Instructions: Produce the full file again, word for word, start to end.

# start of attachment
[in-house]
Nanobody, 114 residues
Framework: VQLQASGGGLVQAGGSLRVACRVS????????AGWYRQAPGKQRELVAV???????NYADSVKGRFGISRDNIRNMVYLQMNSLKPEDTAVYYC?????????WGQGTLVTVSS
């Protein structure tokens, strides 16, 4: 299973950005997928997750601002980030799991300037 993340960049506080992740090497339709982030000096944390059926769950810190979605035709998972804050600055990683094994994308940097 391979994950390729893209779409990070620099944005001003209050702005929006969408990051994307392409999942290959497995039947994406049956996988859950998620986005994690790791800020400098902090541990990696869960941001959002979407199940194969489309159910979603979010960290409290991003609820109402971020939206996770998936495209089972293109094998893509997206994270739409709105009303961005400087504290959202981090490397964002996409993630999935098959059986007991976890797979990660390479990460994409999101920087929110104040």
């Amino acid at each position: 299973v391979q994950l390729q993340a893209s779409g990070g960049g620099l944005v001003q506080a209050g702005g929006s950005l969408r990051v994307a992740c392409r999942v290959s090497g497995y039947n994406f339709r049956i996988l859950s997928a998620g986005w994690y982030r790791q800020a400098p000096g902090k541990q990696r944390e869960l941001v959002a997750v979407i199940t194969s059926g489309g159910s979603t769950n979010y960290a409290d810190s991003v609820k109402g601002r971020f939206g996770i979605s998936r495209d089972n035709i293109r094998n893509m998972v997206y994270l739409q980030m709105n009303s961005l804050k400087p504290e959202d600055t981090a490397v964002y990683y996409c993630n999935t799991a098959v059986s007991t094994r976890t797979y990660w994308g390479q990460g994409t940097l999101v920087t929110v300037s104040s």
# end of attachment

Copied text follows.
[in-house]
Nanobody, 114 residues
Framework: VQLQASGGGLVQAGGSLRVACRVS????????AGWYRQAPGKQRELVAV???????NYADSVKGRFGISRDNIRNMVYLQMNSLKPEDTAVYYC?????????WGQGTLVTVSS
């Protein structure tokens, strides 16, 4: 299973950005997928997750601002980030799991300037 993340960049506080992740090497339709982030000096944390059926769950810190979605035709998972804050600055990683094994994308940097 391979994950390729893209779409990070620099944005001003209050702005929006969408990051994307392409999942290959497995039947994406049956996988859950998620986005994690790791800020400098902090541990990696869960941001959002979407199940194969489309159910979603979010960290409290991003609820109402971020939206996770998936495209089972293109094998893509997206994270739409709105009303961005400087504290959202981090490397964002996409993630999935098959059986007991976890797979990660390479990460994409999101920087929110104040």
């Amino acid at each position: 299973v391979q994950l390729q993340a893209s779409g990070g960049g620099l944005v001003q506080a209050g702005g929006s950005l969408r990051v994307a992740c392409r999942v290959s090497g497995y039947n994406f339709r049956i996988l859950s997928a998620g986005w994690y982030r790791q800020a400098p000096g902090k541990q990696r944390e869960l941001v959002a997750v979407i199940t194969s059926g489309g159910s979603t769950n979010y960290a409290d810190s991003v609820k109402g601002r971020f939206g996770i979605s998936r495209d089972n035709i293109r094998n893509m998972v997206y994270l739409q980030m709105n009303s961005l804050k400087p504290e959202d600055t981090a490397v964002y990683y996409c993630n999935t799991a098959v059986s007991t094994r976890t797979y990660w994308g390479q990460g994409t940097l999101v920087t929110v300037s104040s």